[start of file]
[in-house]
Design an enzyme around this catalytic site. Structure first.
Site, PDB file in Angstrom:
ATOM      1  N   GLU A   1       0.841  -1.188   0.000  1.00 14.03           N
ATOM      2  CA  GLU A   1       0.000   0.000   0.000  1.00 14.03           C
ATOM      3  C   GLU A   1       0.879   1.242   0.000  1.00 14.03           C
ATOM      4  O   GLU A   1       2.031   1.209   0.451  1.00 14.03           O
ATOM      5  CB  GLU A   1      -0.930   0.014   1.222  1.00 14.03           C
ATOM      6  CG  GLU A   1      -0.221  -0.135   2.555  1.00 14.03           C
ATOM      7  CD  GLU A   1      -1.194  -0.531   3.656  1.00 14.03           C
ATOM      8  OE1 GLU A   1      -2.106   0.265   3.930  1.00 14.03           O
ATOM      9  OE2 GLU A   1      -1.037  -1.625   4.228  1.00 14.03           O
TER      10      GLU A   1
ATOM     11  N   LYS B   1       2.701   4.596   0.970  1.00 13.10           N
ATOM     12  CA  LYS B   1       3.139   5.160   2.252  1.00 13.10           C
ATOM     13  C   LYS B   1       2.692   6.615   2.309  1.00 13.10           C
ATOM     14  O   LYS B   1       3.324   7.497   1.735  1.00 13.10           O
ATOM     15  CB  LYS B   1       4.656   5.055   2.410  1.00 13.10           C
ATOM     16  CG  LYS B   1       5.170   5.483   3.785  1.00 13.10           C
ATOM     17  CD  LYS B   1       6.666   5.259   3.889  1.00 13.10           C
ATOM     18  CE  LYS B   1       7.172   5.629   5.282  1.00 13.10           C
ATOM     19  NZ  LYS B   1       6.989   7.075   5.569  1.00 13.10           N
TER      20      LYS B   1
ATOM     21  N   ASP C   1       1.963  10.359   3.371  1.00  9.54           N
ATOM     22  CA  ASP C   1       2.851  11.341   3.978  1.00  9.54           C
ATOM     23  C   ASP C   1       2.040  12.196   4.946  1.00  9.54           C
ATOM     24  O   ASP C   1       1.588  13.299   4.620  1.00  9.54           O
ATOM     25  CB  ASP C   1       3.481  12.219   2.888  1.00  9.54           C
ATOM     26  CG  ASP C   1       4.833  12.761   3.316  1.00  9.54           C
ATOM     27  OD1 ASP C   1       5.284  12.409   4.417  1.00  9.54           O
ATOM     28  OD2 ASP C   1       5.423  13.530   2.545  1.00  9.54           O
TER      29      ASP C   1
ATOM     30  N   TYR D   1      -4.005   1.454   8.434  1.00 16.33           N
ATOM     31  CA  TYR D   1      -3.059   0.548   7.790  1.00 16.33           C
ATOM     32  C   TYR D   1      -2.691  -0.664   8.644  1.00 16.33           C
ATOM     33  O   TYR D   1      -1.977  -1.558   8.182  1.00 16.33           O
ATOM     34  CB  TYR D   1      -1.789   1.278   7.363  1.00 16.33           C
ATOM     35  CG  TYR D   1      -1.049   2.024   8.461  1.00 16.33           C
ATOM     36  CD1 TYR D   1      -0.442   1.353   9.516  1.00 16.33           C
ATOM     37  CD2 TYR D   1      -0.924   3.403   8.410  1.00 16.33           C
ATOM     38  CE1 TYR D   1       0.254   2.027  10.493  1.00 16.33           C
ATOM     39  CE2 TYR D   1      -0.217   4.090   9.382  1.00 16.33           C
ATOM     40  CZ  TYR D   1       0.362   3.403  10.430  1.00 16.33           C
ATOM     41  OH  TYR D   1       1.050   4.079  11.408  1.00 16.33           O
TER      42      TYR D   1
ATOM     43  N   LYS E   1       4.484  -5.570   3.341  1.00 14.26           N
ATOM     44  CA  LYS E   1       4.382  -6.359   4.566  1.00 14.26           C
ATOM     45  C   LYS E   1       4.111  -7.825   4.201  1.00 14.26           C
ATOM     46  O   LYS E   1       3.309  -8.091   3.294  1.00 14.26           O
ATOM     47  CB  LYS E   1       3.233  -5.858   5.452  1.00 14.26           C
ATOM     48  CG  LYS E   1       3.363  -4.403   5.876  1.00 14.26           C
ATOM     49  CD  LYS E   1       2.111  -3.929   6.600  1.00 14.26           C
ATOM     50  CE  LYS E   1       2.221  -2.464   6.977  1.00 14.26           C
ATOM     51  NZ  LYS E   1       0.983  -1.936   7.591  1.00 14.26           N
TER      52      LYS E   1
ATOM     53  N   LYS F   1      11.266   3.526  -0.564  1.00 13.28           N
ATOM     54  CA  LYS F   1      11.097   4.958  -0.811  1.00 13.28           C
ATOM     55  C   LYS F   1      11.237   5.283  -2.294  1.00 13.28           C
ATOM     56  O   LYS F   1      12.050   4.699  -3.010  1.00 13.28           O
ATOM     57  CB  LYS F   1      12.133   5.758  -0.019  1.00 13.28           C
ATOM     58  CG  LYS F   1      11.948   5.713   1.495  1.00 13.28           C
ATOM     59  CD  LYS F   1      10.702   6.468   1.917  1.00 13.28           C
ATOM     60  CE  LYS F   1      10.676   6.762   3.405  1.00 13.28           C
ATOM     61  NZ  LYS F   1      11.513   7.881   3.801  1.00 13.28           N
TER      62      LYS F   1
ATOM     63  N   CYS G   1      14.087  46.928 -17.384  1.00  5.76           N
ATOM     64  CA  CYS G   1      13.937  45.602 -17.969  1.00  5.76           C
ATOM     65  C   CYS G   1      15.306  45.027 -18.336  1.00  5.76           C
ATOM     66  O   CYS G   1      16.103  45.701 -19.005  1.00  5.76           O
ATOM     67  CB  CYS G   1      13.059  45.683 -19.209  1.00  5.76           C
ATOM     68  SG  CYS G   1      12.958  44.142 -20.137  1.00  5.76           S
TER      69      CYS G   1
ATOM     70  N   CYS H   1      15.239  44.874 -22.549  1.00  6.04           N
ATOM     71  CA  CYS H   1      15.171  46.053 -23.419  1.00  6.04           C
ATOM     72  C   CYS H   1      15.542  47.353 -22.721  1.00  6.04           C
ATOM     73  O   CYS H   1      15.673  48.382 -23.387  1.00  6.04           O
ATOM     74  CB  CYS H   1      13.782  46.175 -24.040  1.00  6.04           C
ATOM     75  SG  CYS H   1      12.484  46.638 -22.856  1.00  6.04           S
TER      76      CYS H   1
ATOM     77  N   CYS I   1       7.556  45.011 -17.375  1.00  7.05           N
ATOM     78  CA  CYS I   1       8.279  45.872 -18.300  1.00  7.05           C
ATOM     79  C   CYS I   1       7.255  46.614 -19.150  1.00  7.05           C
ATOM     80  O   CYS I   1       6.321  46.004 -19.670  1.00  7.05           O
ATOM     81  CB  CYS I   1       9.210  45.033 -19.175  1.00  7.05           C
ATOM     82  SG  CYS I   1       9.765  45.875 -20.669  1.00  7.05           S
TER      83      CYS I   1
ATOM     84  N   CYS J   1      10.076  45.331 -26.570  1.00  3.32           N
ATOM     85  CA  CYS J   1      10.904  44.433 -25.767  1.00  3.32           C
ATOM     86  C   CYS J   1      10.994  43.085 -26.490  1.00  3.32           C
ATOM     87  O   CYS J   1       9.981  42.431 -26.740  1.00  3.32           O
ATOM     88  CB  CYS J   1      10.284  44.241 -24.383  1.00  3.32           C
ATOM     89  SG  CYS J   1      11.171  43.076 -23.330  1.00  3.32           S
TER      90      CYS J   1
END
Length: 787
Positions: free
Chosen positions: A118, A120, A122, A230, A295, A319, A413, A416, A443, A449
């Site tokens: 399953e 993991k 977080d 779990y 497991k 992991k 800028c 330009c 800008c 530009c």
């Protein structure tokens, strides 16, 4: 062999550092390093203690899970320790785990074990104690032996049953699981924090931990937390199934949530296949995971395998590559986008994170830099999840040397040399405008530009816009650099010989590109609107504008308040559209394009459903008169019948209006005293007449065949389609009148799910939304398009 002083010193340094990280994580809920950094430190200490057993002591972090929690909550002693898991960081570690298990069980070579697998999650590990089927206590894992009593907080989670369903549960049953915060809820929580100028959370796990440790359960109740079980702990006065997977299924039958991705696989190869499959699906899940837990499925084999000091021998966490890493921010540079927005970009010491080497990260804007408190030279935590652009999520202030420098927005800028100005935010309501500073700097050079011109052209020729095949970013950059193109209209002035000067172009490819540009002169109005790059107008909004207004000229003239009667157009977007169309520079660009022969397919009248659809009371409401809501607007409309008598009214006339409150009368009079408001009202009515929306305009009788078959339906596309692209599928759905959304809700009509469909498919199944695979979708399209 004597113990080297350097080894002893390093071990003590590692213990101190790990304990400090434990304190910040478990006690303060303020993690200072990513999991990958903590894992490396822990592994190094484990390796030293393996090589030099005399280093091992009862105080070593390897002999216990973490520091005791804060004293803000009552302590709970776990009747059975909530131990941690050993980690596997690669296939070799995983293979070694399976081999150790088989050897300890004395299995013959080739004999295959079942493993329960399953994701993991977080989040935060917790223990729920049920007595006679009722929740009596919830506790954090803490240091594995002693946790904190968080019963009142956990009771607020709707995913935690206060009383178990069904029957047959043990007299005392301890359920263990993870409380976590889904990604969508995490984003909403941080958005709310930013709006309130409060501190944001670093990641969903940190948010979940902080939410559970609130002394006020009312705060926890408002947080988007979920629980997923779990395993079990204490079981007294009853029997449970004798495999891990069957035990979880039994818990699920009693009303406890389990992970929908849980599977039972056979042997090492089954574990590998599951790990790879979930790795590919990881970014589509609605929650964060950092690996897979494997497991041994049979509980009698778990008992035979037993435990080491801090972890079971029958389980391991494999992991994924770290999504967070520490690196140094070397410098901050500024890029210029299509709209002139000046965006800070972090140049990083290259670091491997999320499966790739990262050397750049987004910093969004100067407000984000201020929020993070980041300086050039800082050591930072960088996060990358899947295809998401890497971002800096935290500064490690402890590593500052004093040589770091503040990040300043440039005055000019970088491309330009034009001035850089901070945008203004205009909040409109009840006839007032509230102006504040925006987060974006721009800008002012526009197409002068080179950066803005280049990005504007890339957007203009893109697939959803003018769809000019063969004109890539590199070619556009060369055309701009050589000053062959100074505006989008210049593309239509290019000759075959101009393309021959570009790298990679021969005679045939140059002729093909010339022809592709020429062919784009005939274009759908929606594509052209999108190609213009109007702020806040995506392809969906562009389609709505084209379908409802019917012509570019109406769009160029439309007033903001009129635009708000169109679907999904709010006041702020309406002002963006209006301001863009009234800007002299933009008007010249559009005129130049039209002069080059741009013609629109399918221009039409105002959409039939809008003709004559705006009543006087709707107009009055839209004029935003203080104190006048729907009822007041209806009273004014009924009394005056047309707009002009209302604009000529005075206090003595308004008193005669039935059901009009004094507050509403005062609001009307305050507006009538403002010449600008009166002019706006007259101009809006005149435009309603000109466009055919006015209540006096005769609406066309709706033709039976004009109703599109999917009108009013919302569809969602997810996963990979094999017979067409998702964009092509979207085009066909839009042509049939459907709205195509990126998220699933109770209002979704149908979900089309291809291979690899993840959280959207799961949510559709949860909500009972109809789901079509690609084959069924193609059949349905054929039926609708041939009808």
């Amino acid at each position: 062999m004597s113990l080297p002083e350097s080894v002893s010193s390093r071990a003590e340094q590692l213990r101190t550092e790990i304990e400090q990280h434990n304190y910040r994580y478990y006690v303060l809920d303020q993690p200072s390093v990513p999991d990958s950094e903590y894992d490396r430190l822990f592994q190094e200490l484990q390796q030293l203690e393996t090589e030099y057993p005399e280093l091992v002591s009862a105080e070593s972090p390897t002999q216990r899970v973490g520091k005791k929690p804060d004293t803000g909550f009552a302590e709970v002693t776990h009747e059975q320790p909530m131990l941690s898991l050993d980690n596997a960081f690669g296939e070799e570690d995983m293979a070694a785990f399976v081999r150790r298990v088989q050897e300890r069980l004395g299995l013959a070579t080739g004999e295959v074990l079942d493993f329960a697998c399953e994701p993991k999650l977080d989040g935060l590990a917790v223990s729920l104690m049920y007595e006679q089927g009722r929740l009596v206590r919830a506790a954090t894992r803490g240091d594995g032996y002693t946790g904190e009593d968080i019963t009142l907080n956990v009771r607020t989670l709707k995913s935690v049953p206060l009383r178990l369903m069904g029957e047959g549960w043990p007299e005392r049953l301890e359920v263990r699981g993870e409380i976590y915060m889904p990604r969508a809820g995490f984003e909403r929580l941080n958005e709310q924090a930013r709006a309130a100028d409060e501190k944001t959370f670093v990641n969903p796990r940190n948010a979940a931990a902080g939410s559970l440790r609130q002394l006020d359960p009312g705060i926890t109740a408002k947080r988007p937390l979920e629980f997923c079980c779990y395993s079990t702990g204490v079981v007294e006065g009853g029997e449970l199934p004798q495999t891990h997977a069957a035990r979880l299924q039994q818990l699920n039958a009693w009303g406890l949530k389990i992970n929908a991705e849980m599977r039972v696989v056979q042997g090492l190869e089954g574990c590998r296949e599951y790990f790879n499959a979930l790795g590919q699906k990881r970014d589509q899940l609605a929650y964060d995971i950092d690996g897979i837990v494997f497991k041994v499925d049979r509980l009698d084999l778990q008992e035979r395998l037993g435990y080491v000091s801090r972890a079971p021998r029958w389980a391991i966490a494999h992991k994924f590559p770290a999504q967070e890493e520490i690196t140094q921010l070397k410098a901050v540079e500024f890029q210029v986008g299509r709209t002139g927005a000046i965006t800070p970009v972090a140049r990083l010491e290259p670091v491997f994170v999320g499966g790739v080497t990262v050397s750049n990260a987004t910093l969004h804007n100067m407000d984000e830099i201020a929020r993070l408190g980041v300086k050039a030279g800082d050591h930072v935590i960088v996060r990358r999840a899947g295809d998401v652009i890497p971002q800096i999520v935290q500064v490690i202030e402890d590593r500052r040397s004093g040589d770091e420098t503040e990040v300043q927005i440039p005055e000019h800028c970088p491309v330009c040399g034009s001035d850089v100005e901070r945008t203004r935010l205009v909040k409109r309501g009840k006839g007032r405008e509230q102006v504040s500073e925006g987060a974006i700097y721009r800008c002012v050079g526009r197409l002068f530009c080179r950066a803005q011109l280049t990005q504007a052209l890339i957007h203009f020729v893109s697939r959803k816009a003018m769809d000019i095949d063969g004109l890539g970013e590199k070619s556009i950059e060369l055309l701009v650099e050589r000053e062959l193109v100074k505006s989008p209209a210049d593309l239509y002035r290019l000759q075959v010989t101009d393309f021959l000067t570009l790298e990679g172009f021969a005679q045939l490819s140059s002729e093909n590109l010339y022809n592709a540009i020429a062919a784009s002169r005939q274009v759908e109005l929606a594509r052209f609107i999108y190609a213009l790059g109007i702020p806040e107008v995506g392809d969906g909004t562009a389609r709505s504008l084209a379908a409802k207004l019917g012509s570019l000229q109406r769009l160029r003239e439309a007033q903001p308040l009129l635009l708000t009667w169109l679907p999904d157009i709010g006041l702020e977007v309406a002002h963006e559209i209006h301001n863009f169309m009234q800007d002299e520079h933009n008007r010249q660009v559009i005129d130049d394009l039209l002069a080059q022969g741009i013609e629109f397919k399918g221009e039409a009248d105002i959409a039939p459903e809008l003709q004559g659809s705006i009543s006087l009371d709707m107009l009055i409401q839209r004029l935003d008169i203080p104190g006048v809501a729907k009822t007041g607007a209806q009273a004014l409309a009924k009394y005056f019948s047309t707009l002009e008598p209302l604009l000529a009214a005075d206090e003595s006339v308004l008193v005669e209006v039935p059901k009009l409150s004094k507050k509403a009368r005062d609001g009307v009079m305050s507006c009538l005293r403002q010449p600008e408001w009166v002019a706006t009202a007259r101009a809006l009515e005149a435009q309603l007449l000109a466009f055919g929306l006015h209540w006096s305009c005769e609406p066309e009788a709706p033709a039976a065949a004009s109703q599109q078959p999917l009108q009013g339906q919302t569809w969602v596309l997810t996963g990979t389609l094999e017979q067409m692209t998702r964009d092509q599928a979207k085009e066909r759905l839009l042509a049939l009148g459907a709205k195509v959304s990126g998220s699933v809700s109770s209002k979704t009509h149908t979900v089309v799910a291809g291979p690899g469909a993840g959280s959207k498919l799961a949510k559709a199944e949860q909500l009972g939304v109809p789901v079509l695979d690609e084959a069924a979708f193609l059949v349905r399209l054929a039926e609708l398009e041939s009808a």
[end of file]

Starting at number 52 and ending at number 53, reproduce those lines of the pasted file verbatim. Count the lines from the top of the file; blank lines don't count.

ATOM     49  CD  LYS E   1       2.111  -3.929   6.600  1.00 14.26           C
ATOM     50  CE  LYS E   1       2.221  -2.464   6.977  1.00 14.26           C